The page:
Supplements Have No Impact After Lung Injury

Fatty acids could be harmful instead of helpful

(RxWiki News) Patients who suffered a lung injury, such as from pneumonia or sepsis, and received dietary supplements including omega-3 fatty acids were on a ventilator and in the ICU longer and had a small increase in the rate of death.

Previous studies had indicated that patients who'd suffered an acute lung injury (ALI) had lower levels of certain omega-3 fatty acids and gamma-linolenic acid (GLA), an omega-6 fatty acid. Researchers proposed that giving patients these dietary supplements would improve the patients' ability to recover. The results of the clinical studies showed otherwise.

"Fatty acid supplements may not offer benefits for acute lung injury."

Todd W. Rice, M.D., of Vanderbilt University School of Medicine, and colleagues conducted a study to examine the effects of supplementation of omega-3 fatty acids, GLA and antioxidants on clinical outcomes in patients with ALI in a phase 3 trial. Previous research had indicated these supplements might keep in check the body's inflammation response to the lung injury as well as improve oxygenation and patient outcomes. The scope of that research, however, was limited.

The researchers theorized that giving ALI patients a large dose of the supplements twice daily would increase the ratio of omega-3 to omega-6 fatty acids, reduce inflammation and improve certain outcomes. The study was a randomized, placebo-controlled, multicenter trial conducted from January 2008 through February 2009. Some 270 adults at 44 hospitals who were within 48 hours of developing an ALI and required mechanical ventilation were included in the study (143 in the supplement group and 129 in the control group).

The supplement dose consisted of two types of omega-3 fatty acids, docosahexaenoic acid (DHA) and eicosapentaenoic acid (EPA), along with GLA and antioxidants. The control group was treated with isocaloric control, meaning they received an equal amount of nutrition from proteins, carbohydrates and fats. The primary measured outcome was the number of ventilator-free days within 28 days of the study's start.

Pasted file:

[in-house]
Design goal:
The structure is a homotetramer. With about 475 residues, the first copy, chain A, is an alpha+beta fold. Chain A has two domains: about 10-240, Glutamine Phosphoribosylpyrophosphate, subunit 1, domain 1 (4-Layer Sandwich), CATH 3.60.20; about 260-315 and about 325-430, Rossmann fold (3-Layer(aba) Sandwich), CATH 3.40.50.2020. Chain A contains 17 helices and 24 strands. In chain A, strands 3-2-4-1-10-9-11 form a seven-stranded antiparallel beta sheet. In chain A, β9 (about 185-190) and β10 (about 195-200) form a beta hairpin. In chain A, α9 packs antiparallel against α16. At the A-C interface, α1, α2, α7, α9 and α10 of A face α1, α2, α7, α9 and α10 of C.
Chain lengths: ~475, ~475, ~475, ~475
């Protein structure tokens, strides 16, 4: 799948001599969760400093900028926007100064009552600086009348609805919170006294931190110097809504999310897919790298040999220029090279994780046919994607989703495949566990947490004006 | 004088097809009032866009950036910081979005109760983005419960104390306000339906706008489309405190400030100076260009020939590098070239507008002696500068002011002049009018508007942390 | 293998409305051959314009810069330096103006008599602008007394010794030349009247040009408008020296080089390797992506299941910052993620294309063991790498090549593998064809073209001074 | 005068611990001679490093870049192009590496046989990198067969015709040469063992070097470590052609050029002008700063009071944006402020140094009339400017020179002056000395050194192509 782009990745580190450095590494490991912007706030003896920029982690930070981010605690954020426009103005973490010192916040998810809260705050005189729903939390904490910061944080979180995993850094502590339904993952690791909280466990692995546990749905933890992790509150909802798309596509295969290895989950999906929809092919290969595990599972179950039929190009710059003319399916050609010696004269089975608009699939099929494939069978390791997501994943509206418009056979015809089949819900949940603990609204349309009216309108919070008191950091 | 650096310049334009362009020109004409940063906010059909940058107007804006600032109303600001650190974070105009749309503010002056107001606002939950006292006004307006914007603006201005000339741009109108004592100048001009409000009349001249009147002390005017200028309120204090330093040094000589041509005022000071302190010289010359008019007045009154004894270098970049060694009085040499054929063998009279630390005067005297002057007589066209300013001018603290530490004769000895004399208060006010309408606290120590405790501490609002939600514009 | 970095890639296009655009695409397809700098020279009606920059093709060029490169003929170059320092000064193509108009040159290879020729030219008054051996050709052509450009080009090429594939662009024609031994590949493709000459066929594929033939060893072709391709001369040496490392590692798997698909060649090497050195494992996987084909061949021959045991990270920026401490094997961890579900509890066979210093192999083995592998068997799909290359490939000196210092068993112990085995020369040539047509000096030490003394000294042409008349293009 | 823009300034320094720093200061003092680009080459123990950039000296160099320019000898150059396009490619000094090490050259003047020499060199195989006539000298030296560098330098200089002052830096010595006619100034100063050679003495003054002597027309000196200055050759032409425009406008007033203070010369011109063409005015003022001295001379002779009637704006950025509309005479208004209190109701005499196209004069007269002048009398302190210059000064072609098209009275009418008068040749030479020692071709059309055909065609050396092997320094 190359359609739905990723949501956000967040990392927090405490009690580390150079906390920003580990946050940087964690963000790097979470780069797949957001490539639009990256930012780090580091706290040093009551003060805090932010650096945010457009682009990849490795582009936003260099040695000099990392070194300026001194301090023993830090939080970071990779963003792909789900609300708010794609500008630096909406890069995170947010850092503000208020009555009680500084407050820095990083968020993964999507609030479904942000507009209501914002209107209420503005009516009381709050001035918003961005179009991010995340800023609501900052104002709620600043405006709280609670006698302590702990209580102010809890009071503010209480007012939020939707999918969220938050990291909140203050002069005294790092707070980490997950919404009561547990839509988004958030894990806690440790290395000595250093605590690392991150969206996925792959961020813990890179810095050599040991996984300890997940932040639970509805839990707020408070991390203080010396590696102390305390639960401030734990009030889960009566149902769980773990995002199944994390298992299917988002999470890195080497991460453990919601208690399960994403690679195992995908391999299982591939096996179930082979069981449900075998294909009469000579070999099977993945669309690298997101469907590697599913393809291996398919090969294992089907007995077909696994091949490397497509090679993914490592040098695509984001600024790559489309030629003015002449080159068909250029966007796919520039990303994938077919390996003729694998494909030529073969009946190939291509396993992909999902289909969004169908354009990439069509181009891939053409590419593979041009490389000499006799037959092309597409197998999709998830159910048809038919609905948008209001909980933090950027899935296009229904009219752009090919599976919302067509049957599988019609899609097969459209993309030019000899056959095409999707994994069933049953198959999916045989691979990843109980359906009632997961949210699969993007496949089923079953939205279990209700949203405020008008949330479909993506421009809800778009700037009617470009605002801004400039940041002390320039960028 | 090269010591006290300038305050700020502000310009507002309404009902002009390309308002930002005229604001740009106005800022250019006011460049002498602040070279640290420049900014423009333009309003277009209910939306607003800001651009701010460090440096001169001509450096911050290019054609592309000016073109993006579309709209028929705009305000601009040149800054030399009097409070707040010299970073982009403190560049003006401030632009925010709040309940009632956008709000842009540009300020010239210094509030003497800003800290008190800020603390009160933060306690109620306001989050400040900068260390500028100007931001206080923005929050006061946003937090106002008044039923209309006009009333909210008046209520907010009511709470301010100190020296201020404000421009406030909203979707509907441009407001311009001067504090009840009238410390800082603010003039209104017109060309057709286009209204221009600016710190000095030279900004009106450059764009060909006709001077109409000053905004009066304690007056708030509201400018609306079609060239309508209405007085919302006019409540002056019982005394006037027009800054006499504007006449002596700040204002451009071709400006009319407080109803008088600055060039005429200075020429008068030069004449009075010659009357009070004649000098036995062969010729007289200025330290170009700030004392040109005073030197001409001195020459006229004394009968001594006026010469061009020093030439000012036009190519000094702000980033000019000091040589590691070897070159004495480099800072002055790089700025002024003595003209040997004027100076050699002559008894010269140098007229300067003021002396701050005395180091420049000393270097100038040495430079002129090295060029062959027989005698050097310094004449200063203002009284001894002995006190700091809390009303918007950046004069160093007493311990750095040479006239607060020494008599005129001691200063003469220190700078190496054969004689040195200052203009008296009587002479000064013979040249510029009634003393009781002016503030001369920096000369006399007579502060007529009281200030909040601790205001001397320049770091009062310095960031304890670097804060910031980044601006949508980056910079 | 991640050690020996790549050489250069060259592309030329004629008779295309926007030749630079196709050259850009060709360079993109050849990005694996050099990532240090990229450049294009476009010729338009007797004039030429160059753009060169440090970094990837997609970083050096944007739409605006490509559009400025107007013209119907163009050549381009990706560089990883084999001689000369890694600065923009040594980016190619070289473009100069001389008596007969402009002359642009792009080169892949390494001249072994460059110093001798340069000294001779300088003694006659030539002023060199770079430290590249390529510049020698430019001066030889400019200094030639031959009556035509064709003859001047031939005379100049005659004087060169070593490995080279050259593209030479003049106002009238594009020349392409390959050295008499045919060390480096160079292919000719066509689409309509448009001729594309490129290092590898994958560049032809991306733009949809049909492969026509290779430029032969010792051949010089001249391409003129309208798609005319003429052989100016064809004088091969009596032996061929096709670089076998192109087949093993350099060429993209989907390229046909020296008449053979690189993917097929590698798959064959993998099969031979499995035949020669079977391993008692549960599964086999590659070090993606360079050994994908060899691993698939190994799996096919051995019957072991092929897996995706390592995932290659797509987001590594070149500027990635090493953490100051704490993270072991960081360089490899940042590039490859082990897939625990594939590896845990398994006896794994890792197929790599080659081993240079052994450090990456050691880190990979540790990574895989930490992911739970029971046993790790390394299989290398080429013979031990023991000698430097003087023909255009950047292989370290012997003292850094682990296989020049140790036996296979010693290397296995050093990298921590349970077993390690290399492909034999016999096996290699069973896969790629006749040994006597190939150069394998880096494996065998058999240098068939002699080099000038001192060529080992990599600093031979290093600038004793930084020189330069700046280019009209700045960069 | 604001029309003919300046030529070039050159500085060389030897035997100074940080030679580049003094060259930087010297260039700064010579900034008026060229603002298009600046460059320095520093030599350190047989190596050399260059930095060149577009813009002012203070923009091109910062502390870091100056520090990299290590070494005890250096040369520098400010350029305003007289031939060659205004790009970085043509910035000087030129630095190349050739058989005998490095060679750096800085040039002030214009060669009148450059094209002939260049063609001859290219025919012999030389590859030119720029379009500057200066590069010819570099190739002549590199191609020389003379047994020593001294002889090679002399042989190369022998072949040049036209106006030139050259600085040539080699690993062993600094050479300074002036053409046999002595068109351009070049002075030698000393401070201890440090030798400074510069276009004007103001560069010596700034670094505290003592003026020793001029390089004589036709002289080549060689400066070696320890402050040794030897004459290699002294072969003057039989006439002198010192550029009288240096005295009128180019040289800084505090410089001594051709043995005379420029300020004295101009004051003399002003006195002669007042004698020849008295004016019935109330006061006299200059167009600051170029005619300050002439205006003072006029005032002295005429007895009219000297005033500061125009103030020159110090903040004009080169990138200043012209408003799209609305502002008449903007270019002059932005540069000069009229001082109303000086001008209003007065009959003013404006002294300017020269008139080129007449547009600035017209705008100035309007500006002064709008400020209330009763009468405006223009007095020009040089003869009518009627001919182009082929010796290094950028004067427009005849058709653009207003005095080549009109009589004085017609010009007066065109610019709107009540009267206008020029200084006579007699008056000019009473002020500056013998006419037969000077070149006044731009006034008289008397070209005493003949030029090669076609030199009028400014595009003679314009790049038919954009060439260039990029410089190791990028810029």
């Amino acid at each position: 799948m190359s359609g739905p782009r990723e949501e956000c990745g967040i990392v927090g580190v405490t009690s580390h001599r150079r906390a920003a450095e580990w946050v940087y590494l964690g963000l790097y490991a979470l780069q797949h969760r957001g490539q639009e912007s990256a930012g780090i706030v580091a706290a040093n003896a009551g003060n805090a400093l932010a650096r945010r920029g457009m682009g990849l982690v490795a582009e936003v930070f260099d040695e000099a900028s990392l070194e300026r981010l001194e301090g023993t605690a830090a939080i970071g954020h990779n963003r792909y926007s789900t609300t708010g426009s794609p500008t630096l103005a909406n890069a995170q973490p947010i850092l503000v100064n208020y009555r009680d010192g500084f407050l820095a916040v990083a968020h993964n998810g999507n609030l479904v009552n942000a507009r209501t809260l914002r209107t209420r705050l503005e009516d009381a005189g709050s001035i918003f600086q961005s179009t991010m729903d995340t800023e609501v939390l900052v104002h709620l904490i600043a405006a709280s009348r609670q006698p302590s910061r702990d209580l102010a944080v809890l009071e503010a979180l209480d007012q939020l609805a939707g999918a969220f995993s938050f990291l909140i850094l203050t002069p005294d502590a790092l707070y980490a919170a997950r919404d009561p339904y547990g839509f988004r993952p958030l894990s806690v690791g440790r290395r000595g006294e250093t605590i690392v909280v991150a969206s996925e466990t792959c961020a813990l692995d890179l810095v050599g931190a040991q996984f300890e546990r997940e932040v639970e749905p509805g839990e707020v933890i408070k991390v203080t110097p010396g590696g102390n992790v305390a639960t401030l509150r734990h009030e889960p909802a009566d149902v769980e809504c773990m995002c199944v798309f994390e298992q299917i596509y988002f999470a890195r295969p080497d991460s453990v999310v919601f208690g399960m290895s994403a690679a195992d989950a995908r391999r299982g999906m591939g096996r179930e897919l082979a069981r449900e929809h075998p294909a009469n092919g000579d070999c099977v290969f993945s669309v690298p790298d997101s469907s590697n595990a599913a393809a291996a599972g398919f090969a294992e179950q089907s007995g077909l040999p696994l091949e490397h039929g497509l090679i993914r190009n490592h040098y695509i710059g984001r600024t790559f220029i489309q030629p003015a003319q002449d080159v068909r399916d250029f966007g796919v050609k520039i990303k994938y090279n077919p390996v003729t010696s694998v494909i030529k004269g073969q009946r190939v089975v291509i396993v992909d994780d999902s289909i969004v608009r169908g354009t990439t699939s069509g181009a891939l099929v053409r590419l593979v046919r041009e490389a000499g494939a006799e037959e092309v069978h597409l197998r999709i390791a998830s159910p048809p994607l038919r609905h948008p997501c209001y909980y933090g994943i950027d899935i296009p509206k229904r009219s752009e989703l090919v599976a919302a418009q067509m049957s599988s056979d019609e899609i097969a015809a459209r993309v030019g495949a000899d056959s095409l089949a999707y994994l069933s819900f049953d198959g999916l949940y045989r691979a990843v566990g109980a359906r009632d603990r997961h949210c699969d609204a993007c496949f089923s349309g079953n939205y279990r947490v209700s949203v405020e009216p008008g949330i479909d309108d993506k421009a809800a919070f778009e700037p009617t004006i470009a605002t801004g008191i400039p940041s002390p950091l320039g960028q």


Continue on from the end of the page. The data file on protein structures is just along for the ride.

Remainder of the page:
The study was stopped early for futility at the first interim analysis. While the supplement did raise blood levels of EPA eightfold compared to the control group, the researchers found the patients in the supplement group had fewer ventilator-free days by study day 28 compared to the control patients (14 days versus 17) and fewer days out of the ICU (14 days versus nearly roughly 17). Moreover, in the supplement group about 27% of the patients died before study day 60 or before being discharged from the hospital. In the control group, the rate was 16%.

When adjusted for certain mortality variables associated with ALI, the supplement group had a 25% mortality rate at 60 days compared to a nearly 18% rate for the control group, the study authors note.

In addition, the omega-3 supplement did not protect patients from hospital-acquired infections, nor did it improve the function of organs other than the lungs. In fact, patients receiving the omega-3 supplement had more frequent instances of gastrointestinal intolerance.

The authors write in the study that while twice-daily supplementation of omega-3 fatty acids, GLA and antioxidants does change the blood levels of omega-3 fatty acids, the supplementation does not improve clinical outcomes or biomarkers of inflammation in patients with ALI and "in fact may be harmful," the authors conclude.

The study appears in a recent issue of the Journal of the American Medical Association.

Review Date: 
October 5, 2011